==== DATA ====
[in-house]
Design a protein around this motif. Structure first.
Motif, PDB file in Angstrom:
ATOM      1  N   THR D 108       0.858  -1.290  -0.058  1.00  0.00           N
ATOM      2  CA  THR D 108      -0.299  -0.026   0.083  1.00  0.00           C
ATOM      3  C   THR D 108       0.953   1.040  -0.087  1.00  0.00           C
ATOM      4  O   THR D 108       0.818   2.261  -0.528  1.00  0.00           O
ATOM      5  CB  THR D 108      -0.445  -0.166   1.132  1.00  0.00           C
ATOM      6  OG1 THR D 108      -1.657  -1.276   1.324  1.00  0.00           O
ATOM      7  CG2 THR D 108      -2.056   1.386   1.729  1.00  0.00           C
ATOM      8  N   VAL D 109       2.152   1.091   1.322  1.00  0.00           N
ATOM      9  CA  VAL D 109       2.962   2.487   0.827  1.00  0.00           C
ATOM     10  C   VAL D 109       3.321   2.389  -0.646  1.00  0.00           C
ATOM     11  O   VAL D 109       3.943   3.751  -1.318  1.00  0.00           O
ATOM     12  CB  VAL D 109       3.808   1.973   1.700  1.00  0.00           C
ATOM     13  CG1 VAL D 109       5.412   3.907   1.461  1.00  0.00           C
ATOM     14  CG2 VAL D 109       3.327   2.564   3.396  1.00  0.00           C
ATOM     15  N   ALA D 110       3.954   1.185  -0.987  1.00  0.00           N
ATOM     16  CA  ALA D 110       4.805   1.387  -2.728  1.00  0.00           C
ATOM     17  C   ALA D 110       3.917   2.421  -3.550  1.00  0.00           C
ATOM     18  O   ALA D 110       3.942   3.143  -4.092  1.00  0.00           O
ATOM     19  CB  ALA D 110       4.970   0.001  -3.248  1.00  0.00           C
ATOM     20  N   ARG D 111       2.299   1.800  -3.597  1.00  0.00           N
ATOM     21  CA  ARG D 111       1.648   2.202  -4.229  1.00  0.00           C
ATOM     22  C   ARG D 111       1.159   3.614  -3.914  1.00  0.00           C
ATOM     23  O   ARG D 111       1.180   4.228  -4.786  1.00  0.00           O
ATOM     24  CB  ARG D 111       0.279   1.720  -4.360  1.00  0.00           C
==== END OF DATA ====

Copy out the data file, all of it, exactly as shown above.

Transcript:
[in-house]
Design a protein around this motif. Structure first.
Motif, PDB file in Angstrom:
ATOM      1  N   THR D 108       0.858  -1.290  -0.058  1.00  0.00           N
ATOM      2  CA  THR D 108      -0.299  -0.026   0.083  1.00  0.00           C
ATOM      3  C   THR D 108       0.953   1.040  -0.087  1.00  0.00           C
ATOM      4  O   THR D 108       0.818   2.261  -0.528  1.00  0.00           O
ATOM      5  CB  THR D 108      -0.445  -0.166   1.132  1.00  0.00           C
ATOM      6  OG1 THR D 108      -1.657  -1.276   1.324  1.00  0.00           O
ATOM      7  CG2 THR D 108      -2.056   1.386   1.729  1.00  0.00           C
ATOM      8  N   VAL D 109       2.152   1.091   1.322  1.00  0.00           N
ATOM      9  CA  VAL D 109       2.962   2.487   0.827  1.00  0.00           C
ATOM     10  C   VAL D 109       3.321   2.389  -0.646  1.00  0.00           C
ATOM     11  O   VAL D 109       3.943   3.751  -1.318  1.00  0.00           O
ATOM     12  CB  VAL D 109       3.808   1.973   1.700  1.00  0.00           C
ATOM     13  CG1 VAL D 109       5.412   3.907   1.461  1.00  0.00           C
ATOM     14  CG2 VAL D 109       3.327   2.564   3.396  1.00  0.00           C
ATOM     15  N   ALA D 110       3.954   1.185  -0.987  1.00  0.00           N
ATOM     16  CA  ALA D 110       4.805   1.387  -2.728  1.00  0.00           C
ATOM     17  C   ALA D 110       3.917   2.421  -3.550  1.00  0.00           C
ATOM     18  O   ALA D 110       3.942   3.143  -4.092  1.00  0.00           O
ATOM     19  CB  ALA D 110       4.970   0.001  -3.248  1.00  0.00           C
ATOM     20  N   ARG D 111       2.299   1.800  -3.597  1.00  0.00           N
ATOM     21  CA  ARG D 111       1.648   2.202  -4.229  1.00  0.00           C
ATOM     22  C   ARG D 111       1.159   3.614  -3.914  1.00  0.00           C
ATOM     23  O   ARG D 111       1.180   4.228  -4.786  1.00  0.00           O
ATOM     24  CB  ARG D 111       0.279   1.720  -4.360  1.00  0.00           C